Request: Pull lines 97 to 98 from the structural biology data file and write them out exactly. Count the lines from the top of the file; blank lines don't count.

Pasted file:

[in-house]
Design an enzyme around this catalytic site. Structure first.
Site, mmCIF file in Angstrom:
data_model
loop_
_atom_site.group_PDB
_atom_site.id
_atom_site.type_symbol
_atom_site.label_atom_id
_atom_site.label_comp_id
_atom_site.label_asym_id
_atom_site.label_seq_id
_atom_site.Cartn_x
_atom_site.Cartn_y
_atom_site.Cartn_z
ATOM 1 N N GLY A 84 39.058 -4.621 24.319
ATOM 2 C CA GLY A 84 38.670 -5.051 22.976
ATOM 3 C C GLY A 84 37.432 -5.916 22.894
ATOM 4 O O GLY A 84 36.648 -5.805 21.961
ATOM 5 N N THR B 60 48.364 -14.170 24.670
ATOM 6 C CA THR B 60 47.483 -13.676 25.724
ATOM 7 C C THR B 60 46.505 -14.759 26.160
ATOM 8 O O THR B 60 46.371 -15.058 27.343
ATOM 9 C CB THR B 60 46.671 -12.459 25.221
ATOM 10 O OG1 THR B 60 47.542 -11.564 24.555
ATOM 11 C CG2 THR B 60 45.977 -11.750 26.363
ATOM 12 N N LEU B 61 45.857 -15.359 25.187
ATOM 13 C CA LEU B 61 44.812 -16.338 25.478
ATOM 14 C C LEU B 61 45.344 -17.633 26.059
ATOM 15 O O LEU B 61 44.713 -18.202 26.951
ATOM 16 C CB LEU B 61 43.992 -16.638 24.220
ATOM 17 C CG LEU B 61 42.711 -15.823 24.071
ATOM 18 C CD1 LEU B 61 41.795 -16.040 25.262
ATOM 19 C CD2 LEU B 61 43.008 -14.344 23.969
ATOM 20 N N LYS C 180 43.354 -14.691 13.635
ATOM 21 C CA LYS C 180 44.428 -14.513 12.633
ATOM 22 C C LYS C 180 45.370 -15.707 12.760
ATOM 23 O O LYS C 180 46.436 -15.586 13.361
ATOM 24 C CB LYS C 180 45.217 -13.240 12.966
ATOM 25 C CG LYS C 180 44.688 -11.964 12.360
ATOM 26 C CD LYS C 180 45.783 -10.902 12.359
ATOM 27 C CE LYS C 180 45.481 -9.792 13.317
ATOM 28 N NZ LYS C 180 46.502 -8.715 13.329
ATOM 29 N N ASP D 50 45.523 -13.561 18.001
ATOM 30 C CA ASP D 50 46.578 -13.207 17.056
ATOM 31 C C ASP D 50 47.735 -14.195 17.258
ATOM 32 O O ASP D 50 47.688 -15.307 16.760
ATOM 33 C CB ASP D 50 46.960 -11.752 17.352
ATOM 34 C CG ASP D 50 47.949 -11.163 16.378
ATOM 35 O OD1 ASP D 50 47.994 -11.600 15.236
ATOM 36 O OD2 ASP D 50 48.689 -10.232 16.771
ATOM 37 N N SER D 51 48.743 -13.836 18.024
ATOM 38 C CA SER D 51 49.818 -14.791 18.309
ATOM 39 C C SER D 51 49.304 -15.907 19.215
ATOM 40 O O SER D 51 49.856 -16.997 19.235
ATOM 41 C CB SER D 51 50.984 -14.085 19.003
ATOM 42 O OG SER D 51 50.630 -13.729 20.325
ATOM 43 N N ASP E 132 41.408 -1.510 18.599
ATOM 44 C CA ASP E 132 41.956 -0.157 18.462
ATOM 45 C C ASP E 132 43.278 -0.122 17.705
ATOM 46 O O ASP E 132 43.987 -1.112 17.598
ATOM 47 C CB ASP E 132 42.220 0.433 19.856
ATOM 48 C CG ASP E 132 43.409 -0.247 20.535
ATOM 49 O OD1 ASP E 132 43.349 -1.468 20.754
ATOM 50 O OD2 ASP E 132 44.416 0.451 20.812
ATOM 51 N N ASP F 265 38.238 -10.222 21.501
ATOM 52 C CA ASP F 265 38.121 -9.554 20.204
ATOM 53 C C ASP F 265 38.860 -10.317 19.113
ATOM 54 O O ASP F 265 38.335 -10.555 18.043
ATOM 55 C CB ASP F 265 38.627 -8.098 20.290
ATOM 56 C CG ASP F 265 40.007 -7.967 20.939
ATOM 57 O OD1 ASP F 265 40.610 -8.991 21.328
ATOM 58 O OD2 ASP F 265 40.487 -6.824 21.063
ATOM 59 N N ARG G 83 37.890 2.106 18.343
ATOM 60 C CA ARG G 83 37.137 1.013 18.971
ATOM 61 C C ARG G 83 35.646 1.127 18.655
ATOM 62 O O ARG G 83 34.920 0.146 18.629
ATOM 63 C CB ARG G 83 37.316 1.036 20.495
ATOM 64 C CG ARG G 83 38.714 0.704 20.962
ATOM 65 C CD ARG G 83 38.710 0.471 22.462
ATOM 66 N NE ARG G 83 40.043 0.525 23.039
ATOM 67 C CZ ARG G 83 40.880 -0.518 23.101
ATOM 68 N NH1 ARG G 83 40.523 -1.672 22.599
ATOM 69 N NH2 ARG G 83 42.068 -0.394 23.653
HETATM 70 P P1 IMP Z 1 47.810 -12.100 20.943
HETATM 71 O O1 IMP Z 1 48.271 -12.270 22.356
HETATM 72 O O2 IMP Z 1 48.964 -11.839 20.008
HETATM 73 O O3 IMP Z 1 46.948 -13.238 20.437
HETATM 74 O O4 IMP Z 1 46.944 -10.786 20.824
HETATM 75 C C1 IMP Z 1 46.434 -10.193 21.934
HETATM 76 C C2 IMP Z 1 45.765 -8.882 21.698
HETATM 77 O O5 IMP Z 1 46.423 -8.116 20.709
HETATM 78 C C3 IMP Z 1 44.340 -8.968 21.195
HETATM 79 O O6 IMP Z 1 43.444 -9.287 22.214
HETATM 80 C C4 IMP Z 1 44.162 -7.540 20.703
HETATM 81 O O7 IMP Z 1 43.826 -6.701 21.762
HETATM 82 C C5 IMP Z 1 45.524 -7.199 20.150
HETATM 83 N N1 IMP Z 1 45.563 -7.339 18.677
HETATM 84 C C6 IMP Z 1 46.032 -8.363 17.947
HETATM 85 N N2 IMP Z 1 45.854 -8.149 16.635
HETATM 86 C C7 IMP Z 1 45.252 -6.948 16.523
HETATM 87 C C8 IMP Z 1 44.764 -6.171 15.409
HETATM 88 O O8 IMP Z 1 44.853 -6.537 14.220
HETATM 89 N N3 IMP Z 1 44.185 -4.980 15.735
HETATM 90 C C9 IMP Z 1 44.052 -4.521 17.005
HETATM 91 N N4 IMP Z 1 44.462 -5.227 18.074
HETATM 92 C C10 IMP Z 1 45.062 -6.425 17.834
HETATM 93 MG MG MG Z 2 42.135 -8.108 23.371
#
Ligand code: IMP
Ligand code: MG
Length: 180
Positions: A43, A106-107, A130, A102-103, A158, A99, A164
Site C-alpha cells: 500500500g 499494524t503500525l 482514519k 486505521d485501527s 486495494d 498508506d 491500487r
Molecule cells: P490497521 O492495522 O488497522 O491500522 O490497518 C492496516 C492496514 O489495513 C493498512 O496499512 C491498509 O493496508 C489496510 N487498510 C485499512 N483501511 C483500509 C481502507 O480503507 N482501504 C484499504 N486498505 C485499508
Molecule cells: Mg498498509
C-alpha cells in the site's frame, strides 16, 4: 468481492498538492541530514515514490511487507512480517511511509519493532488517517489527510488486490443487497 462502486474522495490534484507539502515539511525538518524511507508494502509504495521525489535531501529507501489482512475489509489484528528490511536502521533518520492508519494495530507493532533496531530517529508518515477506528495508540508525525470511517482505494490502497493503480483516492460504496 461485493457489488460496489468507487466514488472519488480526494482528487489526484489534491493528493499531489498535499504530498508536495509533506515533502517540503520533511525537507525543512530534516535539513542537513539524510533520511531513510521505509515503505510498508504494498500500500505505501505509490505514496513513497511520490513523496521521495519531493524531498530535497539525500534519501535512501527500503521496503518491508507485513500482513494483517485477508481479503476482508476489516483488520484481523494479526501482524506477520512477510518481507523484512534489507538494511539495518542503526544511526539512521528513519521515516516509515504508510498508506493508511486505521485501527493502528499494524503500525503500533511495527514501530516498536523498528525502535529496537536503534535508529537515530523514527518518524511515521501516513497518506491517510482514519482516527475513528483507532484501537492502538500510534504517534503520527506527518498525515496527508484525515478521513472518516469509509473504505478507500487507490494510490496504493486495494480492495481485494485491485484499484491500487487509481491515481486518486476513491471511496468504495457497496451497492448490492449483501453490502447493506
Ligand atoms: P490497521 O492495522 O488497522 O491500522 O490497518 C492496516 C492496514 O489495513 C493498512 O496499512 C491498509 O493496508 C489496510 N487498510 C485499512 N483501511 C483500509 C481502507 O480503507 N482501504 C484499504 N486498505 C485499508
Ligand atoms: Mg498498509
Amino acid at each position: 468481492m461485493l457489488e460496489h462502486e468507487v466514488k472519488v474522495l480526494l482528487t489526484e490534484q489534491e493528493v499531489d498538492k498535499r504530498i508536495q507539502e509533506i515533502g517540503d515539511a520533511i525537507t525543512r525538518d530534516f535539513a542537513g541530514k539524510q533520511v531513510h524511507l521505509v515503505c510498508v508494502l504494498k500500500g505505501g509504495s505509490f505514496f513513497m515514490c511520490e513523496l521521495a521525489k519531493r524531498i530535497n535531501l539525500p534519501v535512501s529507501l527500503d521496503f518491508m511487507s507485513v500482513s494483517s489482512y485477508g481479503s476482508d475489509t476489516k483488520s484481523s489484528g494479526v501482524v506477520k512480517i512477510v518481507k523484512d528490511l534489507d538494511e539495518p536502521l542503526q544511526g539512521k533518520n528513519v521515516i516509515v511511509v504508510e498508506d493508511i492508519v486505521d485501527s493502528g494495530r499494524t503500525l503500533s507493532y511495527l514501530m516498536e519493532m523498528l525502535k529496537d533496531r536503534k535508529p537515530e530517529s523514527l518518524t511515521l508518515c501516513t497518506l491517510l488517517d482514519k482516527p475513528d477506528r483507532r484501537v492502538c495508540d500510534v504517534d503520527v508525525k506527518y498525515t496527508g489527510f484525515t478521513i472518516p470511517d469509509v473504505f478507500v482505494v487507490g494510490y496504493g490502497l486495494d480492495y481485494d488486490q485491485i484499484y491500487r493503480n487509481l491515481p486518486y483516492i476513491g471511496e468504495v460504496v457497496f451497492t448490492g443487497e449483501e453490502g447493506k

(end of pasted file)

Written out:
HETATM 82 C C5 IMP Z 1 45.524 -7.199 20.150
HETATM 83 N N1 IMP Z 1 45.563 -7.339 18.677